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Other assets is a financial category that contains things that are valuable but too small or random to have their own category. This category may be found in a wide range of places, from the company’s own books to submitted tax information. The contents of this category are often a single item of value or a wide range of items that have very little individual value, but a lot when combined. Most companies are cautious when the total of other assets becomes very high, as that can look like they are hiding money.
When keeping track of a company’s assets, most financial departments will break them down into smaller groups. For instance, a small company may have a section of its books dedicated to a company car, the cost of the car, gas, depreciation, etc. This section would contain all of the relevant financial information for everything related to owning the car and driving it. A larger company may have a similar thing broken down even further, such as a category for repairs, one for gas and so on.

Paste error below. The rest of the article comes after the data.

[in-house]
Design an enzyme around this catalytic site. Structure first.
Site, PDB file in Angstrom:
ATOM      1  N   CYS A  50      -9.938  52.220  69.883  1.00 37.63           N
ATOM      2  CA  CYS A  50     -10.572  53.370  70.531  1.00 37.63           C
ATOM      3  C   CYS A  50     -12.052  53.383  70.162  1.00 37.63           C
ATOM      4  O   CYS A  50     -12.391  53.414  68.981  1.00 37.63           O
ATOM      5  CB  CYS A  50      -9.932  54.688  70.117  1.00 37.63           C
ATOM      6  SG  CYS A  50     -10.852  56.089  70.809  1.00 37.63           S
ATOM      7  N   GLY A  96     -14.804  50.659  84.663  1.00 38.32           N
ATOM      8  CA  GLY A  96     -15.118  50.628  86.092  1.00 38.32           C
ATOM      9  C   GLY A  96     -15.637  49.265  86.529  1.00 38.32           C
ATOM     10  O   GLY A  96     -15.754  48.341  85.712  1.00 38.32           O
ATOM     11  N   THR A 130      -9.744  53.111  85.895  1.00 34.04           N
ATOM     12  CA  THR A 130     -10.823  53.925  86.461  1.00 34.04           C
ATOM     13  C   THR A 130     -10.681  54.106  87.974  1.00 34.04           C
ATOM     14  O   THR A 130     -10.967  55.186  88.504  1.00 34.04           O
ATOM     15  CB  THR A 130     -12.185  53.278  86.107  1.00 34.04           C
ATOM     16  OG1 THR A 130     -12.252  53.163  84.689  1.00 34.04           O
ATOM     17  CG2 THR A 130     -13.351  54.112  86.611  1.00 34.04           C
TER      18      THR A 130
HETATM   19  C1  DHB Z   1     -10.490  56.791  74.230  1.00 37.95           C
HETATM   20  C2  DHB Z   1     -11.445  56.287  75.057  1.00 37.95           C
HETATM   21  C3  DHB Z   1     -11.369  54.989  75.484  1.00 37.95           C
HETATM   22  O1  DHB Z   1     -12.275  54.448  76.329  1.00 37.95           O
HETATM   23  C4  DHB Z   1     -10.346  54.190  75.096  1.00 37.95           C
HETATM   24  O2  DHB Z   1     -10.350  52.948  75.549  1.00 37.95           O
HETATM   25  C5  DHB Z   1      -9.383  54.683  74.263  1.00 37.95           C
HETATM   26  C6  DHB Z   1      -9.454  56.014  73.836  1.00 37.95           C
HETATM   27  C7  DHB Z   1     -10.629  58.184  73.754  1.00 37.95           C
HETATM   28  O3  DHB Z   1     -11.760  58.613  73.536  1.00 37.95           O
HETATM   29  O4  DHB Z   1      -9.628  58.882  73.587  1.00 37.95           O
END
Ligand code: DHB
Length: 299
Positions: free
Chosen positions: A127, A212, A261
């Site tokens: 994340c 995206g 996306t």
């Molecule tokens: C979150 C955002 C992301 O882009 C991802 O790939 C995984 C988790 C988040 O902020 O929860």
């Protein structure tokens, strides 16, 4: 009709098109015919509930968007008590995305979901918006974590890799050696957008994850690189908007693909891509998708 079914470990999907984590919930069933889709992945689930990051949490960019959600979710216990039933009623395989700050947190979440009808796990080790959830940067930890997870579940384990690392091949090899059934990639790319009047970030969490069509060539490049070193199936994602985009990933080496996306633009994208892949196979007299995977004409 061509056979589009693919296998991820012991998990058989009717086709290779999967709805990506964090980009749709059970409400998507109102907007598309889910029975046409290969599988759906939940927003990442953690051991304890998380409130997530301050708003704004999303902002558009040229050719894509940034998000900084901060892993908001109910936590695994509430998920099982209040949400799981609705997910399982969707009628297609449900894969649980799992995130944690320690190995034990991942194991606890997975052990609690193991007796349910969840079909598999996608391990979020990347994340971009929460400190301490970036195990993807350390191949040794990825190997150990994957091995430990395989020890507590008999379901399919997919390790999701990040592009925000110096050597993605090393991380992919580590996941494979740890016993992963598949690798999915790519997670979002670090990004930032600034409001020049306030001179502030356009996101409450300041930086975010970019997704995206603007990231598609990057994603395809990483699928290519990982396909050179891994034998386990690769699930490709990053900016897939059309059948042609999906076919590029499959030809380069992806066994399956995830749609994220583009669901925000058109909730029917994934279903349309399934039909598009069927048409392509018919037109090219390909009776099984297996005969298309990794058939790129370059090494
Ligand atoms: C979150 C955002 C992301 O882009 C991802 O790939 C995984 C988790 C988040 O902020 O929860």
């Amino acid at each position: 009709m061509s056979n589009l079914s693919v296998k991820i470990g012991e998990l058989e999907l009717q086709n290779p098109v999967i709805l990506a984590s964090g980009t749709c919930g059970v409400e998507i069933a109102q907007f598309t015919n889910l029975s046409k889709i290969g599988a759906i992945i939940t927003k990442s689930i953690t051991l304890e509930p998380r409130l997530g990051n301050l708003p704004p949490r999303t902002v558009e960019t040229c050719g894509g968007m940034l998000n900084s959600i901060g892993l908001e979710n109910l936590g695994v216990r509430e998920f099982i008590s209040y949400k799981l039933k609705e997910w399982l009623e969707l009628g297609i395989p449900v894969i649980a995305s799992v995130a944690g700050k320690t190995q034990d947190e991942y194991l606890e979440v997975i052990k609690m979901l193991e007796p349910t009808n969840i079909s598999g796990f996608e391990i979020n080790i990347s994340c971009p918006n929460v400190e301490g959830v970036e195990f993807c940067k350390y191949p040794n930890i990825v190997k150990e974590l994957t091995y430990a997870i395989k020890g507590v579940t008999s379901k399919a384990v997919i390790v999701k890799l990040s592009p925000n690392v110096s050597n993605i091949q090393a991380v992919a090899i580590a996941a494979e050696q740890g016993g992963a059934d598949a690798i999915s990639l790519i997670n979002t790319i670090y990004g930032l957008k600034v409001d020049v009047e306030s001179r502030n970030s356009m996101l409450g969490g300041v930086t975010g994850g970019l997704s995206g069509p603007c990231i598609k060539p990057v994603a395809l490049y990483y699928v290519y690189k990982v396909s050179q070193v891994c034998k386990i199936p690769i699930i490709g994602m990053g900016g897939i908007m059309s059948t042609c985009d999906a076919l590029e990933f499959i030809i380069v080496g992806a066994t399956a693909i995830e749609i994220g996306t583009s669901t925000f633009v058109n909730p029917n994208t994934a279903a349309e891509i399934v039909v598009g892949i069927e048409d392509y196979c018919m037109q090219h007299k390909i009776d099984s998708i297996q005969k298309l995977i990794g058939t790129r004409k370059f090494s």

When all of the company’s major assets are accounted for, it isn’t uncommon for a few things to be left out. These assets have value, but they don’t fit nicely into any other grouping. For example, a taxi company would have very detailed financial records for its cars, but if it had a single valuable painting in the office, it would be difficult to shoehorn it into any preexisting category. The painting, and any other oddball item, would fall into other assets.
In addition to single valuable items, other assets will contain large quantities of items that combine to have value. These items, such as depreciated furniture or scrap materials, have little to no value on their own. If a company has enough of these items, their total value may be enough to mention. Rather than muddy up other categories with the extraneous items, they are just dumped in the other assets list.
Many companies are careful about using the other assets classification. This designation is an easy way to hide assets that a company may not want to disclose. As a result, large or unexplained values in this category often raise red flags when people examine the company’s financial history. In order to keep this from happening, many companies break down the other assets category into an itemized list similar to other major categories, except the contents are generally very random.
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